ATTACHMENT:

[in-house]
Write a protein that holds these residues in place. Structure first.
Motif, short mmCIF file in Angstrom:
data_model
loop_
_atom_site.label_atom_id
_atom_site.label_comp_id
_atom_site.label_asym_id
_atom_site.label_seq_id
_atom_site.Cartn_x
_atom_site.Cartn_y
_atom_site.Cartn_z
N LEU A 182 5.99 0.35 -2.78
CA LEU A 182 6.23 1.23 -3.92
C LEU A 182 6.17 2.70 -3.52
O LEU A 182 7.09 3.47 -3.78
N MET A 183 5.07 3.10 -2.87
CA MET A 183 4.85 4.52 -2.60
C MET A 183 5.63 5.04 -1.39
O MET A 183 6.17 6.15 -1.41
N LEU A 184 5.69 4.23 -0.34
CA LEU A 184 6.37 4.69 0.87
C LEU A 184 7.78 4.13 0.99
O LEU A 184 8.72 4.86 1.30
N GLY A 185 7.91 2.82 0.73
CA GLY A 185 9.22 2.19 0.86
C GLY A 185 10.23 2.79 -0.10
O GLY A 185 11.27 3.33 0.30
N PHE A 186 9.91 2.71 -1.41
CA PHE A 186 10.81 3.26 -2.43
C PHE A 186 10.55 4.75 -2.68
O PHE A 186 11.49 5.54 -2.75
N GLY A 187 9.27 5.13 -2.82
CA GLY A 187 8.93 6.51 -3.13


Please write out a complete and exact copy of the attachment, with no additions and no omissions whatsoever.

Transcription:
[in-house]
Write a protein that holds these residues in place. Structure first.
Motif, short mmCIF file in Angstrom:
data_model
loop_
_atom_site.label_atom_id
_atom_site.label_comp_id
_atom_site.label_asym_id
_atom_site.label_seq_id
_atom_site.Cartn_x
_atom_site.Cartn_y
_atom_site.Cartn_z
N LEU A 182 5.99 0.35 -2.78
CA LEU A 182 6.23 1.23 -3.92
C LEU A 182 6.17 2.70 -3.52
O LEU A 182 7.09 3.47 -3.78
N MET A 183 5.07 3.10 -2.87
CA MET A 183 4.85 4.52 -2.60
C MET A 183 5.63 5.04 -1.39
O MET A 183 6.17 6.15 -1.41
N LEU A 184 5.69 4.23 -0.34
CA LEU A 184 6.37 4.69 0.87
C LEU A 184 7.78 4.13 0.99
O LEU A 184 8.72 4.86 1.30
N GLY A 185 7.91 2.82 0.73
CA GLY A 185 9.22 2.19 0.86
C GLY A 185 10.23 2.79 -0.10
O GLY A 185 11.27 3.33 0.30
N PHE A 186 9.91 2.71 -1.41
CA PHE A 186 10.81 3.26 -2.43
C PHE A 186 10.55 4.75 -2.68
O PHE A 186 11.49 5.54 -2.75
N GLY A 187 9.27 5.13 -2.82
CA GLY A 187 8.93 6.51 -3.13